Sunday, July 31, 2011

OH, Ziziphus!

There is a fruit that I am have been in search of for some time now. I have planted seeds and they never germinated. I have finally located a tree and it is on its way to me. This is probably a fruit that many of you have never heard of, it has a common name of Jujube or Chinese Date.....but it is more fun to call it by its botanical name....Ziziphus. The full name is Ziziphus jujuba.
This uncommon fruit has a long history. It may of originated in China where they have been cultivated for more than 4,000 years and where there are over 400 cultivars. Though its precise natural distribution is uncertain due to extensive cultivation, it is thought to be in southern Asia, between Lebanon, Iran, Pakistan, northern India, Bangladesh, the Korean peninsula, as well as southern and central China. It is also seen a great deal in southeastern Europe though more than likely it was introduced there.

Photo courtesy of Papaya Tree Nursery.

I do not for the life of me understand why this fruit is not a commercial crop in more of the country. Let's see what makes them tick.
First off, there are not too many parts of the country they will not grow. Jujubes can put up with extremes at both ends of the thermometer, from 120 degrees in Summer to -22 degree cold snaps in Winter, without slowing down. Just to give you an idea of how wide this range really is, Jujubes have fruited in the Puget Sound and low Cascade regions of Washington State as well as in Pennsylvania, then going all the way down to northern Florida.
Jujubes should be given a warm, sunny location, but are otherwise relatively undemanding. Given adequate heat and sun, the trees will thrive without any special care.
It is a deciduous tree, meaning it drops its leaves in the Fall. It is considered a small tree to medium size tree, growing from about 15 feet to 30 feet depending on the cultivar. Though it has attained a height of 40 feet in some places in Florida.
The small, oval shaped leaves are 1-2 inches long and a shiny bright green. In the Fall, the leaves turn bright yellow before falling. There are usually two spines at the base of each leaf. Some spines may be hooked while others are long and dagger like. There are some thornless cultivars though.

The flowers are small and not very noticeable, as you can see above. They are white to greenish yellow and are somewhat fragrant. The flowering period extends over several months from late Spring into Summer. You need only one tree to produce fruit, cross pollination is not required.
Jujubes tolerate many types of soils, but prefer a sandy, well drained soil. They do less well in heavy, poorly drained soil. They are also able to grow in soils with high salt content or high alkalinity. A high pH.
Fertilizing is a snap. They appear to do well with little or no fertilization. A light application of a balanced 10-10-10 every two months during the growing season seems to speed growth along slightly, but if you happen to forget, this tree is very understanding.
Another one of the outstanding qualities of the Jujube tree is its tolerance of drought conditions. Regular watering, though, is important to assure a quality fruit crop.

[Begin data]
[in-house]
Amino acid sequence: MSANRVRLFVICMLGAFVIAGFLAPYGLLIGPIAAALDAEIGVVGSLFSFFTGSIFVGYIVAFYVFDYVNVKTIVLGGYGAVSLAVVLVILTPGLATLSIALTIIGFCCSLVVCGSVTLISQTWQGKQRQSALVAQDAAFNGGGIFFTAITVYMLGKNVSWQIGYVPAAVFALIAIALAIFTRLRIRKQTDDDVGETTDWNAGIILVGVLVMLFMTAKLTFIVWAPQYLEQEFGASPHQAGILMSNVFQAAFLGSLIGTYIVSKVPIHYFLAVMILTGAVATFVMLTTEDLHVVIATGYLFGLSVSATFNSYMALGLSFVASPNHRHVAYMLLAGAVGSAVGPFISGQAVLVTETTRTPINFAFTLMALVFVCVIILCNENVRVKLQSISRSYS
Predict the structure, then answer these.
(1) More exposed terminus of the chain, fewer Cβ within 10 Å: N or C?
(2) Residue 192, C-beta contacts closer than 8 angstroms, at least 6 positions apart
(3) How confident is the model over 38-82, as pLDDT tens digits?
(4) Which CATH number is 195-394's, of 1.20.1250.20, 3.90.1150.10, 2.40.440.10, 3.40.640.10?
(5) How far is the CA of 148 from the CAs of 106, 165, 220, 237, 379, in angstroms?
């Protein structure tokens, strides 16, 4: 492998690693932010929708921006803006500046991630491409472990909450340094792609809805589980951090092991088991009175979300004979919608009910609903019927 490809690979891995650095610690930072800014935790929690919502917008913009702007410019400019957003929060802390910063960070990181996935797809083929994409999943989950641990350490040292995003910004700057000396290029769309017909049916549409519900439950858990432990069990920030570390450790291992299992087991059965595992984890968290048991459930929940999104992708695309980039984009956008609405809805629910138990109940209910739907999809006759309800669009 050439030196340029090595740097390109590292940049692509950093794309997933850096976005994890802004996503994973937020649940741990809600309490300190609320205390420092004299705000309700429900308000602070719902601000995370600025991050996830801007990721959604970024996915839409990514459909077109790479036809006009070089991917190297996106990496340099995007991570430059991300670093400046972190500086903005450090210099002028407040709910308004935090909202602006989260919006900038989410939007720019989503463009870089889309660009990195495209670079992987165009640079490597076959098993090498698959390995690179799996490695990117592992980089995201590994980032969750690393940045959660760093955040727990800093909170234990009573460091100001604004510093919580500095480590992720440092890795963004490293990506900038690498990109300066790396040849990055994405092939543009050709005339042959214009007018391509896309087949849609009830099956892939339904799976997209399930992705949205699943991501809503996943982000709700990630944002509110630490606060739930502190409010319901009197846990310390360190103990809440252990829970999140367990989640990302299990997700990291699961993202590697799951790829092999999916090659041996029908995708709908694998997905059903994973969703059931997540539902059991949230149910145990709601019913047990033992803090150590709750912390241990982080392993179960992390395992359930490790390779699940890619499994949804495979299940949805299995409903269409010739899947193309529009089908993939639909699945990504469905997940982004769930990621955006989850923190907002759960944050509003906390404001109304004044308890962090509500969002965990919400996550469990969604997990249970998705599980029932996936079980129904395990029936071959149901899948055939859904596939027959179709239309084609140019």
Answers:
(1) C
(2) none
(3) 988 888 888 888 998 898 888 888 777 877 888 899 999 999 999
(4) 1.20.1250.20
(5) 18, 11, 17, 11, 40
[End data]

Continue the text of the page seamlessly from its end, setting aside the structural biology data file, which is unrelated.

The fruit is the real treat here. It is a drupe,(A fleshy fruit with thin skin and a central stone containing the seed) varying from round to elongate and from cherry size to plum size depending on the cultivar. Though they can be eaten raw, which is the form preferred by the Chinese, they are better candied or dried, very much like our dates. Fresh and raw, they taste somewhat like small, tart apples. They can even be left on the tree to dry, tree dried fruit stores indefinitely.

If picked green, Jujubes will not ripen. If you are interested in trying some of the fruit yourself, find a local Asian Supermarket, I can almost guarantee they will either have some fresh or at least some dried and candied.
The fruit is packed with all kinds of vitamins. Fresh, the amount of Vitamin C is higher than dried, but almost all other vitamins and nutrients will remain the same.
There are many cultural and culinary uses for Jujubes.
Substitute the dried Jujube whenever recipes call for raisins or dates. Dried Jujubes are a wonderful snack that can be prepared without the use of any preservative as is so commonly needed for other dried fruits.
In China, a wine is made from the fruit and is called Hong Zao Jiu.
The candied fruit can be made into syrup and used over pancakes and waffles.
In the traditional Chinese wedding ceremony, the jujube was often placed in the newlyweds' bedroom as a good luck charm for fertility.

I will even give you a recipe for a Jujube Cake I found.
* 1 cup sugar
* 1/2 cup butter
* 2 cups dried, minced jujube
* 1 cup water
Bring these to a boil then set aside to cool
* 2 cups wheat flour
* 1 teaspoonful soda
* 1/2 teaspoonful salt
Sift these together then add to the above mixture. Bake at 325°

Okay, if this hasn't been enough information for you to run right out and get yourself a tree then I don't......what? They don't seem to have any at your local big box store?
Hmm, that could be a problem.
I know!
Go to Jujube Fruit Tree They have some nice ones for sale. I am sure there are other places online, but I know and trust these folks.
So, at last, I will leave you with this little tidbit, Jujubes appear to have no serious disease, insect, or nematode pests, except for the Pocket Gopher, which appears to have a liking for the roots. I don't know about you, but I have neither seen nor heard of a Pocket Gopher, I guess they tend to stay hidden in their pockets!
In case you do more research and decide to get yourself a tree or three, I am getting the Cultivar "Li". This is suppose to be the easiest of the many cultivars to grow.
Happy Growing!

1 comment:

  1. Darren...nice tip; never heard of it. I'll have to find some samples to eat.